"Make sure the surface under the equipment can absorb the impact of a fall," Tun advised. "Rubber mats, wood chips, or sand can absorb the impact much better than cement or asphalt. Wooden play equipment should be checked for splinters or bolts that are jutting out on a regular basis. When available, children under age 5 should play on equipment separate from older children to prevent injury."

Children should wear helmets and other protective equipment when riding their bikes or skateboards. It is important for adults to be role models and wear helmets as well.

No matter how hard you try to keep them safe, children do hurt themselves. Minor cuts and bruises can be treated at home. You can wash cuts with plain water. An ice pack wrapped in a towel can be used for bumps, bruises, and minor sprains.

She said deep cuts and possible fractures require emergency medical care, particularly if the cut is bleeding profusely.

"If a cut is bleeding, put a sterile gauze or cloth over it and apply pressure for 10 minutes," Tun said. "If the bleeding does not stop, reapply pressure and contact your provider or go to the nearest emergency room. If a cut is more than half an inch long, or if it is deep, it probably will require stitches."

If your child falls and is unresponsive or vomits more than once, you should seek emergency medical care, according to Tun.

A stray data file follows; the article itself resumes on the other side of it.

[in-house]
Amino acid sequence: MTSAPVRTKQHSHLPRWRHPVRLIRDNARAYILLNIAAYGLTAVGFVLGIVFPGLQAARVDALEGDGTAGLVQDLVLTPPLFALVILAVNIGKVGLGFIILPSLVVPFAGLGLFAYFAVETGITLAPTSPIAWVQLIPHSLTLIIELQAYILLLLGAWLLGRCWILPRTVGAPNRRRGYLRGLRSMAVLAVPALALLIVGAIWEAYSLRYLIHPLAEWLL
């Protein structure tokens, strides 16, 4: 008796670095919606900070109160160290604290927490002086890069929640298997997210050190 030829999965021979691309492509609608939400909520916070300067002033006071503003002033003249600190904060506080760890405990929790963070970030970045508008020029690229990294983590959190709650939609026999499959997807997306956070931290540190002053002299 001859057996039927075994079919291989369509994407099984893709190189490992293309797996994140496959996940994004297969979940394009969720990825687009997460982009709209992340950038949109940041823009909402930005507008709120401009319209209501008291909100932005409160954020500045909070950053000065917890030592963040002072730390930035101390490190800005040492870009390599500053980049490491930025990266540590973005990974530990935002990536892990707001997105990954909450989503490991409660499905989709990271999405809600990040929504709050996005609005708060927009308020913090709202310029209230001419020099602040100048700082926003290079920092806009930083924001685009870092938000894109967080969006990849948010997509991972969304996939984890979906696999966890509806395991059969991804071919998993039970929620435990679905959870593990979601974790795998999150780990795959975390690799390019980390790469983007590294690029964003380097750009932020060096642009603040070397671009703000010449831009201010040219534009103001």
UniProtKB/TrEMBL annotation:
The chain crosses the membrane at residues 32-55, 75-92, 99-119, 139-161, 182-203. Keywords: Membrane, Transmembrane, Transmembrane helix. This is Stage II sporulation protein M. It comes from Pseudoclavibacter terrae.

"Children should be watched closely for signs of unusual behavior after a fall," she added. "They could have a head injury."

Cover Up in the Sun

Children as well as adults need to be protected from the sun's harmful rays while outdoors. Just a few serious sunburns as a child increases the risk for melanoma skin cancer.

Sunscreen can help to prevent sunburns and skin cancer. Tun said when choosing a sunscreen, look for one that has a broad spectrum, meaning it protects against both UVA and UVB rays. To be effective, sunscreen should be reapplied often and sunscreens that are water resistant hold up to water and perspiration longer.

"Children should wear sunscreen with an SPF of at least 15," Tun explained. "Babies have more sensitive skin, so choose chemical-free sunscreens that instead contain titanium dioxide or zinc oxide. Babies under 6 months old should be kept out of direct sunlight."

She suggested parents try a patch test to see if their child's skin is sensitive to the ingredients in the sunscreen. You can do this by applying a small amount of sunscreen on the arm or leg and see if the skin becomes red or irritated. If it does, you should use the chemical-free types.

"It's also important to limit sun exposure during the peak hours of 10 a.m. to 4 p.m.," Tun added. "Children should wear protective clothing, including long sleeves and a wide-brimmed hat. To protect their eyes, use sunglasses that have at least 99 percent UV protection. Children spend a lot of time outdoors, so we need to help them learn how to enjoy fun in the sun safely."

Your health care, your way

For more information about Washington Township Medical Foundation and its more than 60 board-certified physicians with expertise in a broad range of medical specialties - from neurosurgery to pediatrics - visit www.mywtmf.com or call (866) 710-9864.